FROM MTV.COM: German director Michael Haneke may be the world's chilliest filmmaker since Stanley Kubrick, who relinquished the title along with his life. Haneke's latest movie, "The White Ribbon," already festooned with prizes from Cannes to the Golden Globes, shows little sign of a warming trend in his work; but it does offer some of the pleasures of genre storytelling — at least until the end, when the director lobs the tale back into our laps to make of it what we will (which doesn't require a lot of pondering).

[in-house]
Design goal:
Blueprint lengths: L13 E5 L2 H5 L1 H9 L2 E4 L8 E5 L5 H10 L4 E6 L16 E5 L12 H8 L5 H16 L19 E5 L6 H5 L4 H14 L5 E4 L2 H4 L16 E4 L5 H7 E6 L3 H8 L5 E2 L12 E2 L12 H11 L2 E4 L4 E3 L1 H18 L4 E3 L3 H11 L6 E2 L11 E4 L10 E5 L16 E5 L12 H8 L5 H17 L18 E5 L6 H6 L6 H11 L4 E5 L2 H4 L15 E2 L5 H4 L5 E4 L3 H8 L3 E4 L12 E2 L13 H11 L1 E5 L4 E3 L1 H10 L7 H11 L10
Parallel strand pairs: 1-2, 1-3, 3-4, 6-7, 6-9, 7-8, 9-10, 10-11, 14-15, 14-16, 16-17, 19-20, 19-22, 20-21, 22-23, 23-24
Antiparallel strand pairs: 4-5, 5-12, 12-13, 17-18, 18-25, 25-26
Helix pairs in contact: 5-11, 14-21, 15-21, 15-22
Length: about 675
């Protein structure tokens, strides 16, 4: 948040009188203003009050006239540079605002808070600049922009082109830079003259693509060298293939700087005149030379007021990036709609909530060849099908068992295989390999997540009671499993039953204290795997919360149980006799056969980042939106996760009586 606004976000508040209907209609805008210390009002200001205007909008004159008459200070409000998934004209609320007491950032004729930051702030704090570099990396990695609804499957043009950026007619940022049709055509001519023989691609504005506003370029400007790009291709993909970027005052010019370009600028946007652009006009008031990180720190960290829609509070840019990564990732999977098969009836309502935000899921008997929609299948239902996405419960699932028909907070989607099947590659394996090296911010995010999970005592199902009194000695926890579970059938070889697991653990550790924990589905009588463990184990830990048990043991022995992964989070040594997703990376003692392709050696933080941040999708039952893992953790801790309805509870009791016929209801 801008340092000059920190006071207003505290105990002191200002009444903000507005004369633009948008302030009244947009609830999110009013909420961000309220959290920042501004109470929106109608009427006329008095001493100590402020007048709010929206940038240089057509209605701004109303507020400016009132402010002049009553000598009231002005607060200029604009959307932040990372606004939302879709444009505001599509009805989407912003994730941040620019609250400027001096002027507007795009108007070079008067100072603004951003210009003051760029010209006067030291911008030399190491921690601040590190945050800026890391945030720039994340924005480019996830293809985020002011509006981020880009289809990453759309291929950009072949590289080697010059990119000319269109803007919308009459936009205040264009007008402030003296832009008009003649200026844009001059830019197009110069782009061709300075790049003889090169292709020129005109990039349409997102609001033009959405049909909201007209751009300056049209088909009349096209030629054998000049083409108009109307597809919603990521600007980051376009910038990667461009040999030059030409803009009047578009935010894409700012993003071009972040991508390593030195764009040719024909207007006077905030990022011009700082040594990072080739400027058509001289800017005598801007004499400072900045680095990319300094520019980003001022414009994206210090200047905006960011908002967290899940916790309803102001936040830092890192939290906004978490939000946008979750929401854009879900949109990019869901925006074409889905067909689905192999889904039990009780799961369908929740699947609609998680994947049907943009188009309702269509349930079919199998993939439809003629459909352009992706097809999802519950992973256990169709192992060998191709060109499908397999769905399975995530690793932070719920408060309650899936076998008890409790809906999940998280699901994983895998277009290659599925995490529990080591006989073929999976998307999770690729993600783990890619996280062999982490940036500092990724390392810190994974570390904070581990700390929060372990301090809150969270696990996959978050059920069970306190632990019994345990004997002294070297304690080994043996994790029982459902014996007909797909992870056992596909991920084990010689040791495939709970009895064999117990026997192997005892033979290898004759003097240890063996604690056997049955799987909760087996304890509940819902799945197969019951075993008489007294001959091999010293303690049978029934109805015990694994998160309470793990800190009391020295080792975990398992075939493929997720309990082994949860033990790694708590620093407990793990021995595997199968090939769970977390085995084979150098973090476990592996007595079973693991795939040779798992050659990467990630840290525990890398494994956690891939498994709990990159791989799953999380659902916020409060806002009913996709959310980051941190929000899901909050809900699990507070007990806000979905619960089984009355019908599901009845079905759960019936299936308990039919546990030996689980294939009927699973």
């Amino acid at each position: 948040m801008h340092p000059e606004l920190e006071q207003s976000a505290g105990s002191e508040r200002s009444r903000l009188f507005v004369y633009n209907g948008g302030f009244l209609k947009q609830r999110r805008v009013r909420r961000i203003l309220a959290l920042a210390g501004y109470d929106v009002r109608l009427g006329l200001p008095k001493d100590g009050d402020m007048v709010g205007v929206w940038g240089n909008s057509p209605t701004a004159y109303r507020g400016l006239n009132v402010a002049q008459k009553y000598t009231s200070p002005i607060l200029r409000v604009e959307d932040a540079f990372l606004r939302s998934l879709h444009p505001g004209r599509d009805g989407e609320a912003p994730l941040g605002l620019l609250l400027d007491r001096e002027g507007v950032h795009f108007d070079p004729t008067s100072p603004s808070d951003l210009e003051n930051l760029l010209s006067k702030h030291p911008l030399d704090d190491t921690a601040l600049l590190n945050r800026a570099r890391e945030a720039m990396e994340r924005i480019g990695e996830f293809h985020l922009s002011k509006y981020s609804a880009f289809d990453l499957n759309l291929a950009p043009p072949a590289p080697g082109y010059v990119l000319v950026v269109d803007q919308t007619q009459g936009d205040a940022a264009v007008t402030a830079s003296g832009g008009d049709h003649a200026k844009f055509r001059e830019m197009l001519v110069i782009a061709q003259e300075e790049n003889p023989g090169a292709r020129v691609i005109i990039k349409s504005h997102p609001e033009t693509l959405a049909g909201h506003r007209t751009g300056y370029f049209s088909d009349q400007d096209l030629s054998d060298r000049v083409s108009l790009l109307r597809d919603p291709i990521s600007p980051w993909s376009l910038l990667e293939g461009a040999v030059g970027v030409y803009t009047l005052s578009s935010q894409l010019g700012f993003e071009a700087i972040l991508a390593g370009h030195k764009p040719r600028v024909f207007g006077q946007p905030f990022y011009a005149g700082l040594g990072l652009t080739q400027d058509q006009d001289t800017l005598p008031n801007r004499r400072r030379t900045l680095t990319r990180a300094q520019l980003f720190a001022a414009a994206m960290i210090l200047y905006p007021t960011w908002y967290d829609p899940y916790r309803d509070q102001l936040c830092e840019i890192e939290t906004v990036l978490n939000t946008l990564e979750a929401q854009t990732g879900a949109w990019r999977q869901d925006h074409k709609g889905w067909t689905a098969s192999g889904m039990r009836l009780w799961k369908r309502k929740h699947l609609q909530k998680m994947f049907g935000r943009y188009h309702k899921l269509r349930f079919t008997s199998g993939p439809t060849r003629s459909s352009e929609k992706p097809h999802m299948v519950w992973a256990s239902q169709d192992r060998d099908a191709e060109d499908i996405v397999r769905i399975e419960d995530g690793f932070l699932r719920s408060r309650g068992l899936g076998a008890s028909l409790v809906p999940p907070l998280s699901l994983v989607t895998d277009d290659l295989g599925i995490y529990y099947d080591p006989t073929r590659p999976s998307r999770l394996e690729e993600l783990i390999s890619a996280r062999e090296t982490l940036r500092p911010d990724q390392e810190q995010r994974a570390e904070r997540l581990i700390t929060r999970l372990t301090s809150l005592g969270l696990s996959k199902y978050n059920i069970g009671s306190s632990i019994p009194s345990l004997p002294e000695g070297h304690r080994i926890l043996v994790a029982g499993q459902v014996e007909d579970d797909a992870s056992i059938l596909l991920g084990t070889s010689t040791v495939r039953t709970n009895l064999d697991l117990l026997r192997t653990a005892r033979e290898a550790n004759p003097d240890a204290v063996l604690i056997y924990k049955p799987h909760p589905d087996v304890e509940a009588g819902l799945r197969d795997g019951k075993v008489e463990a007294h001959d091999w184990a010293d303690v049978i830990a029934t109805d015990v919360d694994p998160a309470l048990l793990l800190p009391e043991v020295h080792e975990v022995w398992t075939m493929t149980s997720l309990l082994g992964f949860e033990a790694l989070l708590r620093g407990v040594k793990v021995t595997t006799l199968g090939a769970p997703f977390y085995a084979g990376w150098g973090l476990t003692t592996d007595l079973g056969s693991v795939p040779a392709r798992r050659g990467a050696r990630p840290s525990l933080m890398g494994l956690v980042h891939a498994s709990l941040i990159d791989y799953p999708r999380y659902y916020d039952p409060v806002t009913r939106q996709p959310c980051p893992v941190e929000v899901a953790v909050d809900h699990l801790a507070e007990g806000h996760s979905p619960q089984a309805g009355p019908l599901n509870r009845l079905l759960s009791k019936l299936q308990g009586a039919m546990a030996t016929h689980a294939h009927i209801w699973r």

The picture suggests a sardonic reworking of the 1960 alien-invasion classic, "Village of the Damned." It's set in a remote village in Northern Germany in 1913, on the eve of World War I. Eichwald is a place of near-feudal social arrangement and harsh Protestant rigor. The land is presided over by a baron whose extensive fields provide sustenance for the local peasants; they in turn are tended by a kindly village doctor, an earnest young schoolteacher and a minister of monumental Christian rectitude. A timeless placidity reigns over the deep structures of communal order.
Continue reading 'The White Ribbon': Children's Hour, By Kurt Loder